There are two things that I hate: being wrong, and apologizing.
When it comes to my take on Fernando Alonso—I have been wrong, and I will reluctantly admit that I owe the man an apology.
Do not expect me to renege on my opinion that he acted like a diva in his one and only season at McLaren. That is one position that will never change.
This year, however, I have to concede that Alonso is driving more like a champion than ever before.
Alonso kicked off 2010 by winning the season opener in Bahrain. Being the cynic I am, I said that attrition gifted him the win, that he wasn’t capable of winning a race this season on speed alone, and that it would take hard luck on McLaren and Red Bull for him to take the top podium spot.
And I seemed to be right until the German Grand Prix.
Being the champions they are, both Ferrari and Alonso refused to throw in the towel. They re-developed the car, and the Spaniard went on a tear, winning Hockenheim, and then taking three of the last four Grand Prix.
Alonso has now won more races than any other driver in 2010.
I do have to extend my sympathies to both Mark Webber and Sebastian Vettel. Vettel in particular, you really have to feel for. He didn’t put a wheel wrong on the newly constructed/work-in-progress Korean International Circuit.
The track was a mess, the weather was poor, race control seemed to act as if this was Formula 1’s first crack at racing in the rain, but that didn’t seem to matter because the young German powered-on, until his Renault engine decided to power-off.
Vettel needs to get credit for being a good sport. Despite all his woes, he can always be seen expressing his gratitude towards the Red Bull crew. While taking the long walk down pit road after his Renault went poof, he flashed a glance at the TV camera that translated into ‘Shit happens, but we have two more cracks at this thing.’
Lewis Hamilton, take note. This is how a champion soldiers through adversity.
But returning to my original point, I now find myself saying it: Alonso, I apologize. You took a fast car, worked to make it faster, didn’t make any mistakes, and made sure to capitalize on your opponent’s misfortunes. You deserve this championship.
And now it’s time for Hermann Tilk, Bernie Eccelstone, and anyone else involved with the construction of the Korean International Circuit to apologize to us, the fans, for putting such a wretched track on the schedule.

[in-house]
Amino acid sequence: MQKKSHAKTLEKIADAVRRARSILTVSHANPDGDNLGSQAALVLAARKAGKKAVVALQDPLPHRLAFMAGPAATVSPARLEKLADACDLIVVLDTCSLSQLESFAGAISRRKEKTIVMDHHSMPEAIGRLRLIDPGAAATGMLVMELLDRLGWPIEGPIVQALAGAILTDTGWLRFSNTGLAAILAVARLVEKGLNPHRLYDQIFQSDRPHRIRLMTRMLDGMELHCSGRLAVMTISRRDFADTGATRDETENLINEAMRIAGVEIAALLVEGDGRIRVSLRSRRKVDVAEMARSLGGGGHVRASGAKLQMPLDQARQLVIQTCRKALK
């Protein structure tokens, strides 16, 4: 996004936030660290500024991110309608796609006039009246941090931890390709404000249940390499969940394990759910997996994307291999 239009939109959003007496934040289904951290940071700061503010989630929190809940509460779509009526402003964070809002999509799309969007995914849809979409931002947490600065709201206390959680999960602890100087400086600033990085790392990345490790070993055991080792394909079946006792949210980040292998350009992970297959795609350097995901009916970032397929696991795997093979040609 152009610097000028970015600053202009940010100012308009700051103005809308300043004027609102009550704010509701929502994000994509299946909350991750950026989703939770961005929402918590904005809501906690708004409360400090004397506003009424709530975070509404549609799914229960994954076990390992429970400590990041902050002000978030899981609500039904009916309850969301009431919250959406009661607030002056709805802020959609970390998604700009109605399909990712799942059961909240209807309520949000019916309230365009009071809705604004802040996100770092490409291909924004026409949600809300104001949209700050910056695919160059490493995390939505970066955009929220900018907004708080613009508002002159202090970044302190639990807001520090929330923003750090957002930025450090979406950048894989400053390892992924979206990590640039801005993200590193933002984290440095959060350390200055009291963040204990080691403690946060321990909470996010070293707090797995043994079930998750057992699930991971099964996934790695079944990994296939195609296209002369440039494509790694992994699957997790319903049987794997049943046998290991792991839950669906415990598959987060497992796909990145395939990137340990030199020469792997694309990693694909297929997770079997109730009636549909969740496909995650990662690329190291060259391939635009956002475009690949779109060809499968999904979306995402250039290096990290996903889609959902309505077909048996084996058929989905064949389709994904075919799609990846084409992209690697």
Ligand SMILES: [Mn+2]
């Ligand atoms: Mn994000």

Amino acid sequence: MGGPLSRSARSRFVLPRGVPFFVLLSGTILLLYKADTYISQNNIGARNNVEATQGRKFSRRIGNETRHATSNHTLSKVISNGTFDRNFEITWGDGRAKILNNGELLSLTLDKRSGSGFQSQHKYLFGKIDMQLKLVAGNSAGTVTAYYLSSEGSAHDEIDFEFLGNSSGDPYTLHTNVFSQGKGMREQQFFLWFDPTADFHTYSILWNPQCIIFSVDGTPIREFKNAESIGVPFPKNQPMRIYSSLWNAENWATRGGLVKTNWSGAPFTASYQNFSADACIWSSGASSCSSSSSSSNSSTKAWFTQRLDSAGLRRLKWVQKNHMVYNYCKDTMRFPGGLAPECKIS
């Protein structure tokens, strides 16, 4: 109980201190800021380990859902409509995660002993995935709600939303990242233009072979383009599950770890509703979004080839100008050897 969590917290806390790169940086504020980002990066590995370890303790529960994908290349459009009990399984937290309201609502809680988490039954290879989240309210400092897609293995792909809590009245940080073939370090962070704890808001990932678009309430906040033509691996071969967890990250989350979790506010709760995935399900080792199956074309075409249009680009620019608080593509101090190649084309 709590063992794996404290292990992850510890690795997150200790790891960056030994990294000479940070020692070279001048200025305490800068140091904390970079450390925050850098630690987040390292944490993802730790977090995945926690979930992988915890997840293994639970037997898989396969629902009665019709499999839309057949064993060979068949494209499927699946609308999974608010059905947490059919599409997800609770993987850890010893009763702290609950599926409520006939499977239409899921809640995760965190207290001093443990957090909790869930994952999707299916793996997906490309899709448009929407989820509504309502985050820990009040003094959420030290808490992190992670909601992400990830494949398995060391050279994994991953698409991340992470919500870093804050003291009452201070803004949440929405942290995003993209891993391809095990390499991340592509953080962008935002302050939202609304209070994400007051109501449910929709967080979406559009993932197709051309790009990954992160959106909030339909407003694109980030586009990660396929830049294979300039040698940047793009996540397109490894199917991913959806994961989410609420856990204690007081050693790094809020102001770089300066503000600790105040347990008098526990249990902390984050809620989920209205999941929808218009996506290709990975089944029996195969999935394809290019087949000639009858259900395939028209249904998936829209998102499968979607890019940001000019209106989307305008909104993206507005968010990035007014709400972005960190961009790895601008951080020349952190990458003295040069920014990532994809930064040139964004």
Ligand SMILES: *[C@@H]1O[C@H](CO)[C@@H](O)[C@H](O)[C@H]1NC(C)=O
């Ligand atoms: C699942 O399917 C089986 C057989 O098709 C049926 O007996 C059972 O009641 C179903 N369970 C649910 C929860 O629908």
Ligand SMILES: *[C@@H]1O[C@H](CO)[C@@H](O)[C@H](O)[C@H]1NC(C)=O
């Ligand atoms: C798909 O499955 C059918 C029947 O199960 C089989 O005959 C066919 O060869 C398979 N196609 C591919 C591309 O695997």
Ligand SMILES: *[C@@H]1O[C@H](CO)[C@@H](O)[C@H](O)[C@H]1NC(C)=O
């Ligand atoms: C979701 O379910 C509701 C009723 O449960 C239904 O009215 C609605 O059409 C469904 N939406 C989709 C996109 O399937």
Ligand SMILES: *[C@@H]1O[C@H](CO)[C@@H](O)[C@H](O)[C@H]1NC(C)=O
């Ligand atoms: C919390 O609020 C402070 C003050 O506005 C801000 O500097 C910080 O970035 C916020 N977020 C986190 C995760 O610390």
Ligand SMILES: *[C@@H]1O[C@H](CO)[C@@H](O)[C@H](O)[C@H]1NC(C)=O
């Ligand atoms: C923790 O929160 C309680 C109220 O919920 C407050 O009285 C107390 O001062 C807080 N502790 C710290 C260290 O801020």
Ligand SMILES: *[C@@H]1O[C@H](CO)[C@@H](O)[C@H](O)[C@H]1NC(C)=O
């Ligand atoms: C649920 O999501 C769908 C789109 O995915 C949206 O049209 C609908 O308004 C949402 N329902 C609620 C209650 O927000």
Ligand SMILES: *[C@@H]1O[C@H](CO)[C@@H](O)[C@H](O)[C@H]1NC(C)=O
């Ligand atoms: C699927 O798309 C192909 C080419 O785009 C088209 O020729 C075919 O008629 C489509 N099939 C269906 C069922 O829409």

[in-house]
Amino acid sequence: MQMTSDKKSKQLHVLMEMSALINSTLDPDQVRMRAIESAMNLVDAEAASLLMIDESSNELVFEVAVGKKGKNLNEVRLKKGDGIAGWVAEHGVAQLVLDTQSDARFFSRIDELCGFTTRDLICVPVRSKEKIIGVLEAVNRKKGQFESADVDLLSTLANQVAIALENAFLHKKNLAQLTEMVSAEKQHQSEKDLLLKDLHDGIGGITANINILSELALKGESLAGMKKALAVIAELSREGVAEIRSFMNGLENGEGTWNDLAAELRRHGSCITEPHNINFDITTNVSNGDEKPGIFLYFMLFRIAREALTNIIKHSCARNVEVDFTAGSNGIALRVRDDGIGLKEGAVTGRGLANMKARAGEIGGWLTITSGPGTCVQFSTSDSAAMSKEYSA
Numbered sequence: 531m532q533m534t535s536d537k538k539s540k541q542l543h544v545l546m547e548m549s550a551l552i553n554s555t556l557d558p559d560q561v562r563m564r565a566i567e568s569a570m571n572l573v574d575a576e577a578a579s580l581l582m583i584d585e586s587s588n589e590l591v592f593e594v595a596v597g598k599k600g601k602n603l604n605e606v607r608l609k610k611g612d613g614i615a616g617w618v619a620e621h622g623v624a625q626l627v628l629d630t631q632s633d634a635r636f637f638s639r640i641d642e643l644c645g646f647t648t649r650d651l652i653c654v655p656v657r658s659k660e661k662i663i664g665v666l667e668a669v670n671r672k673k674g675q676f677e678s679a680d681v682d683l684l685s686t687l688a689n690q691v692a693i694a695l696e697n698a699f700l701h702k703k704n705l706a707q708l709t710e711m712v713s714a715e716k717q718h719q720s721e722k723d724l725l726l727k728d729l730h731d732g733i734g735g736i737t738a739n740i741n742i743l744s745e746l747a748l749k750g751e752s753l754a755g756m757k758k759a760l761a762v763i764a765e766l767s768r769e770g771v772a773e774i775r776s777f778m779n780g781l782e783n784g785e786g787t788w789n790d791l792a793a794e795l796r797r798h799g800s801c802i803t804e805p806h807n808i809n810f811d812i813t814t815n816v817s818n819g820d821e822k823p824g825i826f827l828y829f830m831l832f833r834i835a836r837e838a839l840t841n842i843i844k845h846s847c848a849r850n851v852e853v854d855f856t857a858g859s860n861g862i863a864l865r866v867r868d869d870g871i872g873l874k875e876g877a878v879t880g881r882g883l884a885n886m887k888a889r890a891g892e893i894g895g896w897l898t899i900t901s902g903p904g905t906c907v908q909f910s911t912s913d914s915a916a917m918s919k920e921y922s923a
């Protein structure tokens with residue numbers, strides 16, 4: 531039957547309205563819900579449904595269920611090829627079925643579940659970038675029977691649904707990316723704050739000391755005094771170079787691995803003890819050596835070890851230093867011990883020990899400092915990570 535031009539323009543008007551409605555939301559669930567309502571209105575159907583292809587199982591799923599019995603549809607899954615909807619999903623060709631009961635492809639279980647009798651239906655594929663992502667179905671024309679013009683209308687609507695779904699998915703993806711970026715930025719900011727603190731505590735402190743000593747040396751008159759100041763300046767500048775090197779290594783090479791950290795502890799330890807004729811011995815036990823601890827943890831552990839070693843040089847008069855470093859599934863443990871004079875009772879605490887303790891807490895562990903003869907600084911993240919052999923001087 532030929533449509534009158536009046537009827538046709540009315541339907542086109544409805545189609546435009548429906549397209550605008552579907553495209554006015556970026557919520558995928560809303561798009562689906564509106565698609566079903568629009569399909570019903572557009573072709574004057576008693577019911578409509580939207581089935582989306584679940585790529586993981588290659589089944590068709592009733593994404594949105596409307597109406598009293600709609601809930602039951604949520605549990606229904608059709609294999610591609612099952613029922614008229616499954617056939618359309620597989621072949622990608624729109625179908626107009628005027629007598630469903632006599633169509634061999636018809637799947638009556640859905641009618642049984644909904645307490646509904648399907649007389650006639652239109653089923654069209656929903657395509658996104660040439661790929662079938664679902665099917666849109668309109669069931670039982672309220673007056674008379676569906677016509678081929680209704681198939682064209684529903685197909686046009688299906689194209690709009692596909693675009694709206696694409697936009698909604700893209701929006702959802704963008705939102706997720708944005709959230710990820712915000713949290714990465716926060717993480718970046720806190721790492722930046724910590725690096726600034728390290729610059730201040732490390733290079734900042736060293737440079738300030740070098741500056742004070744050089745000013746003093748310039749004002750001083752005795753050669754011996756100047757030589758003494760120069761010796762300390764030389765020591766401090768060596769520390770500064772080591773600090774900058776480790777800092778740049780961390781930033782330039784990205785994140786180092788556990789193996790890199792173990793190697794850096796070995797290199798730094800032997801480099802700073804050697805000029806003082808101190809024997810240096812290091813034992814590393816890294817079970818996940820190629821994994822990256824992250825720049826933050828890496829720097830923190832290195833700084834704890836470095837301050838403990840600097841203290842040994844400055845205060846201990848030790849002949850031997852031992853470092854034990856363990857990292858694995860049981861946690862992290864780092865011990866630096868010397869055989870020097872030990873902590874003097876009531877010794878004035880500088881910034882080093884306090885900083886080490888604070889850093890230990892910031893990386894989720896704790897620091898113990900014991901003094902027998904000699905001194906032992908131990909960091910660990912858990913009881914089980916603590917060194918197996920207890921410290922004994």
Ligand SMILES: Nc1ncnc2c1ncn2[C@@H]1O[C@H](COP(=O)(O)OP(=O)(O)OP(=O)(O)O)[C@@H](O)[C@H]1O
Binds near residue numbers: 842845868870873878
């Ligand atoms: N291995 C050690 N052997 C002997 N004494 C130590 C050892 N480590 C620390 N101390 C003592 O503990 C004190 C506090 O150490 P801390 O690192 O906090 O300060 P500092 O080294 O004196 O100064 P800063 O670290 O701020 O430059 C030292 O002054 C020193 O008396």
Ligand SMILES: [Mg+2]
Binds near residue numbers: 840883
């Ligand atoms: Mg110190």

What would do call that thing? To me, it looked like a ridiculous cross between a temporary street circuit, permanent road course, and a carnival parking lot.
The track was built in the boonies, which understandably caused some commuter issues.
But you would think the powers-that-be would look at a track in the middle of nowhere as an opportunity—an opportunity to build something special.
Instead of getting something unique and riveting, we the public have been cursed with another of these formulaic tracks I described in my previous article: take one long front-stretch, put a grandioso grandstand on one side, a state-of-the-art garage on the other, model the buildings after indigenous architecture, and then connect both ends of the front-stretch with a number of technical twists around the cheap seats.
It is important to note that they deviated from this pattern in Korea.
The front-stretch wasn’t very long, and the beginning of it led into a controversial pit lane entrance—which was as crooked as a dog’s hind leg.
The technical turns that connect the front stretch with the rest of the track did make their way through the cheap seats, but that meant little because said seats were still under construction!
But fear not, the Korean International Circuit will not be as boring this time next year, as the developers have grand future plans for it.
Like what you ask? Monza-style banking? A proper front-stretch? A back-stretch that’s actually near the back of the track?
Of course not. Gone are the days of pitching yourself at the top of a hill next to a turn. No longer will your weekend be about racing, good food, a cooler full of beer, and beautiful company matched only by a beautiful view of the track.
This is the modern-day Formula 1. There are plans for a convention center, a hotel, and apartments. The Yeongam circuit is sure to become Asia’s answer to Las Vegas.
I shouldn’t be such a stick in the mud. Mother Nature heard our prayers, and did her best to make the race exciting.
Webber found a way to almost hit two walls at once. Vettel made millions of people reconsider buying a Renault Clio, and for the first time this season, Michael Schumacher started to look like the man who owned Formula 1 for more than a decade.
But the fallacies of the inaugural Korean GP will loom over the circuit for years to come. At one point I had to ask myself: which side of the demilitarized zone is this race being held?
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